Long Beach police officers have been forcibly detaining or arresting fewer people recently.
Between 2016 and 2018, the number of times officers used force steadily dropped from around 500 instances in 2016 to 383 in 2018, according to statistics from the department.
Even the most deadly uses of force—police shootings—have declined.
So far in 2019, Long Beach police have shot two people, a marked drop compared to the past half-decade when the department averaged seven officer-involved shootings per year. The number of people shot in 2018, four, was also below that average.
“To have these low-level uses of force and (officer-involved shootings), obviously it’s something that we celebrate,” LBPD Deputy Chief Alex Avila said. “But we always look to even improve upon that.”
Long Beach is not alone in its decline. Over the past three years, the most serious uses of force, tracked by the California Department of Justice, have gone down across the state.
Police and experts are hesitant to draw a direct connection, but the reductions coincide with falling crime rates and fewer arrests.
“The theory would be that if you have less arrests across the state, you potentially have less interactions, clearly, between police officers and citizens or suspects,” said Brandon Martin, a research associate at the Public Policy Institute of California, a nonprofit, nonpartisan research center.
Arrest rates across the state have been dropping since the 1990s, he said. Recently, California has also enacted justice-system reforms that decriminalize some lower-level offenses.
A shift in how officers are trained is also likely a factor, Martin said. In recent years, statewide legislators have emphasized the need for deescalation and mental-health intervention tactics.
For instance, in August, Gov. Gavin Newsom signed a law that tightened the standards around when police can legally kill someone. The change comes along with new state mandates requiring departments to release video footage of their shootings.
“There’s a recognition that there’s certainly more scrutiny then ever and accountability, quite frankly, from the courts, the legislators and from the community as a whole on these critical incidents and on these uses of force,” LBPD’s Avila said.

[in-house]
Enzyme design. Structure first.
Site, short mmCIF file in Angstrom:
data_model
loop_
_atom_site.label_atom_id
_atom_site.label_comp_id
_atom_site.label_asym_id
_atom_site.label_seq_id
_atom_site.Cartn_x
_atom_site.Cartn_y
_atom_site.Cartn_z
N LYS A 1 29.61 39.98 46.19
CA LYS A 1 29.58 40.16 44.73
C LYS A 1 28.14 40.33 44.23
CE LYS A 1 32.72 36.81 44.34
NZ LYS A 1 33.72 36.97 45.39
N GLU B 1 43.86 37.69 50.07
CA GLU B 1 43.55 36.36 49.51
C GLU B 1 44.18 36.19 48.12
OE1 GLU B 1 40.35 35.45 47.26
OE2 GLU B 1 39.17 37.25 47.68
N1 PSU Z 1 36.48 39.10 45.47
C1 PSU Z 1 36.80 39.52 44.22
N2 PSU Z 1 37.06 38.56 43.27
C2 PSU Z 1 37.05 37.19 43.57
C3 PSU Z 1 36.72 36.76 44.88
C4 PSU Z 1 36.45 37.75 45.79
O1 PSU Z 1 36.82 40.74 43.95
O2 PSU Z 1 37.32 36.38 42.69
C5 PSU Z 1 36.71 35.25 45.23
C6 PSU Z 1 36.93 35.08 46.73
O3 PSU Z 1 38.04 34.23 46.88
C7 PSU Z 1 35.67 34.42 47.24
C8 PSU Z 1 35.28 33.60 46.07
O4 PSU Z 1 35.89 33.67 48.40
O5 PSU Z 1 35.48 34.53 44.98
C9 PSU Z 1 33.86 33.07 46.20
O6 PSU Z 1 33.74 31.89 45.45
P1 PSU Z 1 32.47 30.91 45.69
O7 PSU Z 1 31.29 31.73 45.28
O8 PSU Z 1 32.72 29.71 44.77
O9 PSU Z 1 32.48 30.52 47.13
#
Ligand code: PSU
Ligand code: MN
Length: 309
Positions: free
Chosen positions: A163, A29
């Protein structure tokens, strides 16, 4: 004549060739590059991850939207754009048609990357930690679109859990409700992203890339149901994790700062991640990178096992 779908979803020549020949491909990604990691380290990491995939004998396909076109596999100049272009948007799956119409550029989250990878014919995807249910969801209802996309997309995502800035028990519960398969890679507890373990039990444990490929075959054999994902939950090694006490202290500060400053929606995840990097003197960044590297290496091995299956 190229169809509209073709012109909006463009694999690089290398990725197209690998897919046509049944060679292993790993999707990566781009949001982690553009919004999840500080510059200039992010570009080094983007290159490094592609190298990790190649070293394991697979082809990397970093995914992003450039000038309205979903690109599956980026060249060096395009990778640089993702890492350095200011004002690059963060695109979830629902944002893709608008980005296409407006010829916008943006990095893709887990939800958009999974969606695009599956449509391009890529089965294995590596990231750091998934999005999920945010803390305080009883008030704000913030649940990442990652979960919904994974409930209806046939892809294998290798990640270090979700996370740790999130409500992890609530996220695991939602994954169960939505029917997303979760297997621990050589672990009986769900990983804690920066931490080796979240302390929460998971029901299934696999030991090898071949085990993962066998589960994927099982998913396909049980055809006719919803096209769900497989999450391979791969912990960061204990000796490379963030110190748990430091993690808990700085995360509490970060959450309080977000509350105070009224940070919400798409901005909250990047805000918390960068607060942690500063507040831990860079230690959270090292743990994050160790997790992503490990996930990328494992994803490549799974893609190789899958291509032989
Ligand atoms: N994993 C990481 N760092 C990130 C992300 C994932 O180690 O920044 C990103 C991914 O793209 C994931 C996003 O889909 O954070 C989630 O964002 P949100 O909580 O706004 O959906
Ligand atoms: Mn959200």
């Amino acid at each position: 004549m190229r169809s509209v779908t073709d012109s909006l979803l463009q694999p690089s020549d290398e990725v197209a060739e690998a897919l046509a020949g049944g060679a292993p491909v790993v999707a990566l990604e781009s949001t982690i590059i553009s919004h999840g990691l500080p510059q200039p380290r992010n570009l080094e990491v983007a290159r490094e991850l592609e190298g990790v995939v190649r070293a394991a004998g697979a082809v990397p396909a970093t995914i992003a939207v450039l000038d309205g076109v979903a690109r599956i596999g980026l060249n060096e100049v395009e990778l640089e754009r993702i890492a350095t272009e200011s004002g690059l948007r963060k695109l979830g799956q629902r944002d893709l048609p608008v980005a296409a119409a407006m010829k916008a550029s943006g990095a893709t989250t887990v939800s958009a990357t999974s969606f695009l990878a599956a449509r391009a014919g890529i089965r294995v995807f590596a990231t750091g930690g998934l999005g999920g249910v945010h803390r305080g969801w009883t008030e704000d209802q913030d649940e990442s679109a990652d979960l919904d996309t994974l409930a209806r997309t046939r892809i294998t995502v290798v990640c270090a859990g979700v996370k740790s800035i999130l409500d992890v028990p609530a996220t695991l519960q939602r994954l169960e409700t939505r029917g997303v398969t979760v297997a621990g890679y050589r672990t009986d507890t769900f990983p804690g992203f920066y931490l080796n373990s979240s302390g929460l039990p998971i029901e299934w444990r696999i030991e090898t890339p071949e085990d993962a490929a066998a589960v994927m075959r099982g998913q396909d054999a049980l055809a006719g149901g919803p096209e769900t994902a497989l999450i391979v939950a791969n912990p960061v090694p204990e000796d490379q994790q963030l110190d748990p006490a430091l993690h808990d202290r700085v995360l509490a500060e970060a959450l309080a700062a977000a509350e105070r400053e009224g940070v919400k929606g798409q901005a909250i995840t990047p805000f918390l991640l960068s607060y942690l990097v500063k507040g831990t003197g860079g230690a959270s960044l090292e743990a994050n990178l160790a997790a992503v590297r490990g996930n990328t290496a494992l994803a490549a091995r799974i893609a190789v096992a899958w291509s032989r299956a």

As a department, Long Beach has shifted its training to consistently infuse deescalation tactics designed to teach officers to slow down and keep their distance in potentially explosive situations.
“You’re not always going to be able to deescalate situations, but the expectation is that you attempt to when it’s possible, when there’s enough time,” said Avila, who oversees the department’s training.
Officers, he said, must start developing a plan of how they’re going to respond to a call—and, hopefully, peacefully resolve it—as soon as it comes over the radio.
The LBPD is also giving officers new tools in the hopes of avoiding lethal encounters. For instance, the department is rolling out a new pepper gel it hopes will be more effective and accurate than pepper spray, which could end up dousing an officer or bystander when used under less-than-ideal conditions.
Even as the department is using less force, the amount of money it’s paying out in shooting and excessive-force lawsuits has grown.
In March, a jury awarded a record $9 million to the family of a mentally ill woman shot to death by Long Beach police in 2017. The overall cost of police litigation has surged in Long Beach since 2016, the same year uses of force started declining, according to a report in the Long Beach Business Journal.
Avila said LBPD officials debrief with the city’s attorneys after every verdict to try to glean what the jury thinks officers should have done differently.
And despite the overall decline in force, there’s still a disparity in who is on the receiving end of it.
Last year In Long Beach—a city whose population is about 12% black—29% of the most serious uses of force were against black residents or visitors, according to data from the California Department of Justice.
The state does not track all uses of force, only ones where officers fired a gun or the incident resulted in “serious bodily injury or death,” so it’s unclear if the racial disparity plays out in the LBPD’s broader number. The department did not have those statistics readily available.
Racial disparities also play out statewide in arrest and use-of-force stats, according to the PPIC and DOJ numbers.
Long Beach police said race does not play a factor in when officers use force.
“The actions of these individuals were what prompted the use of force,” LBPD spokeswoman Shaunna Dandoy said.